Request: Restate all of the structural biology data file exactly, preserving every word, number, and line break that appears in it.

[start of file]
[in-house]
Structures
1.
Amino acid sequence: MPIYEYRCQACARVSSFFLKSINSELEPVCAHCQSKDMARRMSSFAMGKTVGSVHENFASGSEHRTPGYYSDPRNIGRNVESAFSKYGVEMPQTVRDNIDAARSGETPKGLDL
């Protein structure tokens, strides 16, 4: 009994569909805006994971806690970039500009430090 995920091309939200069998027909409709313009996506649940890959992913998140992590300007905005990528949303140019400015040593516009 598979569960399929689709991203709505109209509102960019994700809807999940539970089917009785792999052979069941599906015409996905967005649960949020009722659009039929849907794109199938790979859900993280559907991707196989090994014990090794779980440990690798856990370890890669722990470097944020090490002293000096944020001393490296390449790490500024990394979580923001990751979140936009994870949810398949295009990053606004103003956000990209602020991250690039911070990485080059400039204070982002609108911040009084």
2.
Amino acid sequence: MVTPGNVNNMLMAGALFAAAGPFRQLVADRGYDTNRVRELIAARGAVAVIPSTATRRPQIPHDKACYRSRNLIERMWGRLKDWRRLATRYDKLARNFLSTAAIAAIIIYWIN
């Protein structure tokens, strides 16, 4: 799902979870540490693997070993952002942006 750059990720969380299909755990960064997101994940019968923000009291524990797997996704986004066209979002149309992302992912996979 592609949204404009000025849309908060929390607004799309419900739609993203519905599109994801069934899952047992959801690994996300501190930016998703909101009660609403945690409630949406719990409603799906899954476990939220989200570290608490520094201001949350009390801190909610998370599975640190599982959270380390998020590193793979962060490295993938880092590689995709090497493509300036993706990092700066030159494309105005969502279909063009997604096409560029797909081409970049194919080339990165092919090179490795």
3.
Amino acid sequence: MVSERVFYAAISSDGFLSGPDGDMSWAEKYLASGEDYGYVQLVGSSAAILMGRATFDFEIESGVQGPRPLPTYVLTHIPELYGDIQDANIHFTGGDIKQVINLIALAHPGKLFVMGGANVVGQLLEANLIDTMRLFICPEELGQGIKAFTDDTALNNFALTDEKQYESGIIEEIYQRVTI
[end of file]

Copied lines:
[in-house]
Structures
1.
Amino acid sequence: MPIYEYRCQACARVSSFFLKSINSELEPVCAHCQSKDMARRMSSFAMGKTVGSVHENFASGSEHRTPGYYSDPRNIGRNVESAFSKYGVEMPQTVRDNIDAARSGETPKGLDL
């Protein structure tokens, strides 16, 4: 009994569909805006994971806690970039500009430090 995920091309939200069998027909409709313009996506649940890959992913998140992590300007905005990528949303140019400015040593516009 598979569960399929689709991203709505109209509102960019994700809807999940539970089917009785792999052979069941599906015409996905967005649960949020009722659009039929849907794109199938790979859900993280559907991707196989090994014990090794779980440990690798856990370890890669722990470097944020090490002293000096944020001393490296390449790490500024990394979580923001990751979140936009994870949810398949295009990053606004103003956000990209602020991250690039911070990485080059400039204070982002609108911040009084």
2.
Amino acid sequence: MVTPGNVNNMLMAGALFAAAGPFRQLVADRGYDTNRVRELIAARGAVAVIPSTATRRPQIPHDKACYRSRNLIERMWGRLKDWRRLATRYDKLARNFLSTAAIAAIIIYWIN
């Protein structure tokens, strides 16, 4: 799902979870540490693997070993952002942006 750059990720969380299909755990960064997101994940019968923000009291524990797997996704986004066209979002149309992302992912996979 592609949204404009000025849309908060929390607004799309419900739609993203519905599109994801069934899952047992959801690994996300501190930016998703909101009660609403945690409630949406719990409603799906899954476990939220989200570290608490520094201001949350009390801190909610998370599975640190599982959270380390998020590193793979962060490295993938880092590689995709090497493509300036993706990092700066030159494309105005969502279909063009997604096409560029797909081409970049194919080339990165092919090179490795």
3.
Amino acid sequence: MVSERVFYAAISSDGFLSGPDGDMSWAEKYLASGEDYGYVQLVGSSAAILMGRATFDFEIESGVQGPRPLPTYVLTHIPELYGDIQDANIHFTGGDIKQVINLIALAHPGKLFVMGGANVVGQLLEANLIDTMRLFICPEELGQGIKAFTDDTALNNFALTDEKQYESGIIEEIYQRVTI